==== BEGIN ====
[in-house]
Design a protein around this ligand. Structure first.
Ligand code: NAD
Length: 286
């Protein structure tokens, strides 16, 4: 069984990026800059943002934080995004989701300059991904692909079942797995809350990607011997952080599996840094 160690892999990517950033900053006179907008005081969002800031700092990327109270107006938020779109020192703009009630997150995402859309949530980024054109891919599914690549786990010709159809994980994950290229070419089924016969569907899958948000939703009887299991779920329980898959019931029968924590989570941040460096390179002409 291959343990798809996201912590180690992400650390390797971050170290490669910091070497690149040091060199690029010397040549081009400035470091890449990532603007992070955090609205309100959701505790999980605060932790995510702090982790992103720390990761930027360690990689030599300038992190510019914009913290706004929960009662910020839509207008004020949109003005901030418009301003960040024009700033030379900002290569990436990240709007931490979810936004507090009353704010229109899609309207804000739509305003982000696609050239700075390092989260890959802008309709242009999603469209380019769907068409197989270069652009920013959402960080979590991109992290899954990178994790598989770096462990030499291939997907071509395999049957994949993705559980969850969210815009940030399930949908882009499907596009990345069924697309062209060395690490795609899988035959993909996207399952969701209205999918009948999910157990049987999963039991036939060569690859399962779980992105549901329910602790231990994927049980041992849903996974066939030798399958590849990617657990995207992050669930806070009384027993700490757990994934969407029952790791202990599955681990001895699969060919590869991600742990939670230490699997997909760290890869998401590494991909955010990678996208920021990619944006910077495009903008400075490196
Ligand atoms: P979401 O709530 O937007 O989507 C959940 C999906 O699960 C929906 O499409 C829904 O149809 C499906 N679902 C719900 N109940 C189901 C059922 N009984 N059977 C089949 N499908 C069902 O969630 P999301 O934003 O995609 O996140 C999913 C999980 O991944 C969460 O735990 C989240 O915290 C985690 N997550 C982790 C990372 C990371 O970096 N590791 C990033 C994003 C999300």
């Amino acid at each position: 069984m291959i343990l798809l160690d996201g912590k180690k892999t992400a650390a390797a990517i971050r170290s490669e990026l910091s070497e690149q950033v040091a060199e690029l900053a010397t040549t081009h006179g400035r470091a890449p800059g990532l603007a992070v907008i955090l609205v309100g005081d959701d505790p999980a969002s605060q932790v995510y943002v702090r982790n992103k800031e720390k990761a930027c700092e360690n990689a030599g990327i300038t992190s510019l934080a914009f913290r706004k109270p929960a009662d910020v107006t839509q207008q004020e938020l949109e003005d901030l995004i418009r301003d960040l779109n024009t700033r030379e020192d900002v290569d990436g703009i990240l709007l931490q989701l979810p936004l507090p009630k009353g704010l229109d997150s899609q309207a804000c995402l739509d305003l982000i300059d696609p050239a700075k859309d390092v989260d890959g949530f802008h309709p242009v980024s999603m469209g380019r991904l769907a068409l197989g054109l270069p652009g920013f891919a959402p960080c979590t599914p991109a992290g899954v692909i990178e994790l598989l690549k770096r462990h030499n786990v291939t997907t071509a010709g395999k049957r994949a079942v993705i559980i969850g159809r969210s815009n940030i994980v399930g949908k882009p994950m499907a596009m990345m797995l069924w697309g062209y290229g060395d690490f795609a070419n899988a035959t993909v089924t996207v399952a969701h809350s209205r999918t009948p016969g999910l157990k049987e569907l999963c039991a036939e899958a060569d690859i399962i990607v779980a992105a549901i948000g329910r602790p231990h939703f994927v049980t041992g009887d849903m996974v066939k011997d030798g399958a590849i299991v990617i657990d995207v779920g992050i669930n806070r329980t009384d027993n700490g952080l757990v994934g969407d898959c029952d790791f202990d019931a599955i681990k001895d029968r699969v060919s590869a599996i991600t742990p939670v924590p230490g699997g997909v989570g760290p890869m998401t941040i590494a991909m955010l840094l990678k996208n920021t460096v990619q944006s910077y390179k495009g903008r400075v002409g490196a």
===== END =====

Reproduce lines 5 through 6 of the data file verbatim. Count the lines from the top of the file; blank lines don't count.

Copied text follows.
């Protein structure tokens, strides 16, 4: 069984990026800059943002934080995004989701300059991904692909079942797995809350990607011997952080599996840094 160690892999990517950033900053006179907008005081969002800031700092990327109270107006938020779109020192703009009630997150995402859309949530980024054109891919599914690549786990010709159809994980994950290229070419089924016969569907899958948000939703009887299991779920329980898959019931029968924590989570941040460096390179002409 291959343990798809996201912590180690992400650390390797971050170290490669910091070497690149040091060199690029010397040549081009400035470091890449990532603007992070955090609205309100959701505790999980605060932790995510702090982790992103720390990761930027360690990689030599300038992190510019914009913290706004929960009662910020839509207008004020949109003005901030418009301003960040024009700033030379900002290569990436990240709007931490979810936004507090009353704010229109899609309207804000739509305003982000696609050239700075390092989260890959802008309709242009999603469209380019769907068409197989270069652009920013959402960080979590991109992290899954990178994790598989770096462990030499291939997907071509395999049957994949993705559980969850969210815009940030399930949908882009499907596009990345069924697309062209060395690490795609899988035959993909996207399952969701209205999918009948999910157990049987999963039991036939060569690859399962779980992105549901329910602790231990994927049980041992849903996974066939030798399958590849990617657990995207992050669930806070009384027993700490757990994934969407029952790791202990599955681990001895699969060919590869991600742990939670230490699997997909760290890869998401590494991909955010990678996208920021990619944006910077495009903008400075490196
Ligand atoms: P979401 O709530 O937007 O989507 C959940 C999906 O699960 C929906 O499409 C829904 O149809 C499906 N679902 C719900 N109940 C189901 C059922 N009984 N059977 C089949 N499908 C069902 O969630 P999301 O934003 O995609 O996140 C999913 C999980 O991944 C969460 O735990 C989240 O915290 C985690 N997550 C982790 C990372 C990371 O970096 N590791 C990033 C994003 C999300």